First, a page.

What is the difference between 720p and 1080i?

720p and 1080i are both high definition television formats and both use the same data rate. The two different resolutions were adopted into the HD specifications and any HD television can display either of them.


1080i has 1080 lines in each picture which are refreshed 25 or 30 times each second. It displays the full image in two passes called fields. The first field displays all the odd numbered lines and the next displays all the even numbered lines. The field rate is of course twice the frame rate so there are 50 or 60 fields each second. The alternating field method is known as interlacing, hence the "i" in the format.

720p has, as the number suggests, 720 lines in the picture. The "p" stands for progressive scanning and the full picture is refreshed from top to bottom 50 or 60 times each second. There are no alternating fields with progressive scanning. Although the spatial resolution is lower, the picture is updated twice as fast. Therefore, the same amount of data is used for both formats. For those who are interested, HD raw data uses 1.483 Gigabits per second, compared to SD which uses 270 Megabits per second.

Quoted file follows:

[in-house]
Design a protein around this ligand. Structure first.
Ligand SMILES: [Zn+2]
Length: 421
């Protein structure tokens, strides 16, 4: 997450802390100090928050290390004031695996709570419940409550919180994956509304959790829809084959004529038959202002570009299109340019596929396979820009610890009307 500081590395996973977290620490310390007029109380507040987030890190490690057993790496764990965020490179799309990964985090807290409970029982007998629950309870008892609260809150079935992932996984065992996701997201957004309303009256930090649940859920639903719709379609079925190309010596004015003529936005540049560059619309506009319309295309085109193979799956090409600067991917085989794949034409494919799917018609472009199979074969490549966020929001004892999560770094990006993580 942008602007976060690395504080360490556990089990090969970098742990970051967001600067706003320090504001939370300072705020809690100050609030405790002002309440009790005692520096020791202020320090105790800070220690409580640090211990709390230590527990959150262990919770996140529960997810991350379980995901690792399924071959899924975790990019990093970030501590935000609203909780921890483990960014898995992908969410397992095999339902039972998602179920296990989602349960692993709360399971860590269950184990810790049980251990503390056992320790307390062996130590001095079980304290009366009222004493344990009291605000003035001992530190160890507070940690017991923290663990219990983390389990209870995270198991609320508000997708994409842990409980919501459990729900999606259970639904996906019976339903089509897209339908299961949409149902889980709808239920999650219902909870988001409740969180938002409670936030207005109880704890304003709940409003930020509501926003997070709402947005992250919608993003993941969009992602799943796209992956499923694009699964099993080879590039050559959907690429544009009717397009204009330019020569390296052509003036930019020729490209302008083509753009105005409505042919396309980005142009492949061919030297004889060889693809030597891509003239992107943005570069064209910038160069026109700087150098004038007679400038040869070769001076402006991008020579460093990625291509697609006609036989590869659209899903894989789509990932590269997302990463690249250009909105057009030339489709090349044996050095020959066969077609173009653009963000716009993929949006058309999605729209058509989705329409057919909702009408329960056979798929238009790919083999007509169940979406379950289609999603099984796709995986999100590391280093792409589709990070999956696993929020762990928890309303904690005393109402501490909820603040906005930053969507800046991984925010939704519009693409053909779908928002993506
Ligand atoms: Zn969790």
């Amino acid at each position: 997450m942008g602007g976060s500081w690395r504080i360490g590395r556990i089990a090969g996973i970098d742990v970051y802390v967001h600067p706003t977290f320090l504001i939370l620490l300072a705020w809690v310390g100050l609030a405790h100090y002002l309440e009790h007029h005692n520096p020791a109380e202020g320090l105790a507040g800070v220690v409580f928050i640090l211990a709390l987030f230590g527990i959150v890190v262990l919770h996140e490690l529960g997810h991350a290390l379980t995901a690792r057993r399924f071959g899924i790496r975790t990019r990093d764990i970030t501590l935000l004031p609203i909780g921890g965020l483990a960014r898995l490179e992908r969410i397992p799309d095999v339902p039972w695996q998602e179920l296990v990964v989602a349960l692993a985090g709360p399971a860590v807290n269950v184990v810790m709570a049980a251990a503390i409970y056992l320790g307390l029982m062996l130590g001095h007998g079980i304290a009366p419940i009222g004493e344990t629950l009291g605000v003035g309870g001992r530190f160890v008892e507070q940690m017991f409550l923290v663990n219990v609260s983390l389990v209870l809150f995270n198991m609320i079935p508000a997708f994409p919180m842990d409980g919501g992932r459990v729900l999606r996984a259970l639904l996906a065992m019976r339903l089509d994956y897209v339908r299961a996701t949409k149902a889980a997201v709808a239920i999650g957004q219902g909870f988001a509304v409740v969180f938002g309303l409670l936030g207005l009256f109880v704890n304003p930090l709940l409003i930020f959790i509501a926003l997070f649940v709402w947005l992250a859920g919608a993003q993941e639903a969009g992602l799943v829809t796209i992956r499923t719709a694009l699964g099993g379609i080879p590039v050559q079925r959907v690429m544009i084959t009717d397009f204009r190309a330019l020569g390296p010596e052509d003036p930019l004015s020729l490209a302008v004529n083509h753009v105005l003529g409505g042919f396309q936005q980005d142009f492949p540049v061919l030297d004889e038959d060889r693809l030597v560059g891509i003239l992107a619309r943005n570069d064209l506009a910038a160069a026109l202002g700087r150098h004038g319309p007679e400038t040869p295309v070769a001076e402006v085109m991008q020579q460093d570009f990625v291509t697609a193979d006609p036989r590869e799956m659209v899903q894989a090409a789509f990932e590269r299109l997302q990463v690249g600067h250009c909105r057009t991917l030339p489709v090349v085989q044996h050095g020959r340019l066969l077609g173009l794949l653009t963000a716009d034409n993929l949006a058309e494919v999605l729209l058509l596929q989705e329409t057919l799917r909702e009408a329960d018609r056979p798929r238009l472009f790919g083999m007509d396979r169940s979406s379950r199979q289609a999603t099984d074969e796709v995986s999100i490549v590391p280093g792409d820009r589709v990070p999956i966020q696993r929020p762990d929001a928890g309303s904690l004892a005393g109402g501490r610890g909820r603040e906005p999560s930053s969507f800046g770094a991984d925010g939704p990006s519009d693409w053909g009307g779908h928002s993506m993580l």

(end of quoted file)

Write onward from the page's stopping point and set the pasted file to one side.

720p was included to allow broadcasters the option of using higher refresh rates for content such as sports. The fast movement typically seen in sports material is better captured with the faster refresh rate as the expense of a slightly lower resolution.

All HD televisions and recorders will handle either format without any user intervention. For viewers, it is a little academic as the television will simply display the format that the broadcaster delivers.

1080p is mentioned frequently. At present, broadcasters are not offering 1080p and it is not being used for live production. Because it is a progressive scan, it uses twice the data rate of 1080i and 720p. Current live production equipment rarely supports the format and transmission channels are not given the bandwidth too properly carry the format. It is currently limited to local sources such as games consoles, Bluray players and computer displays.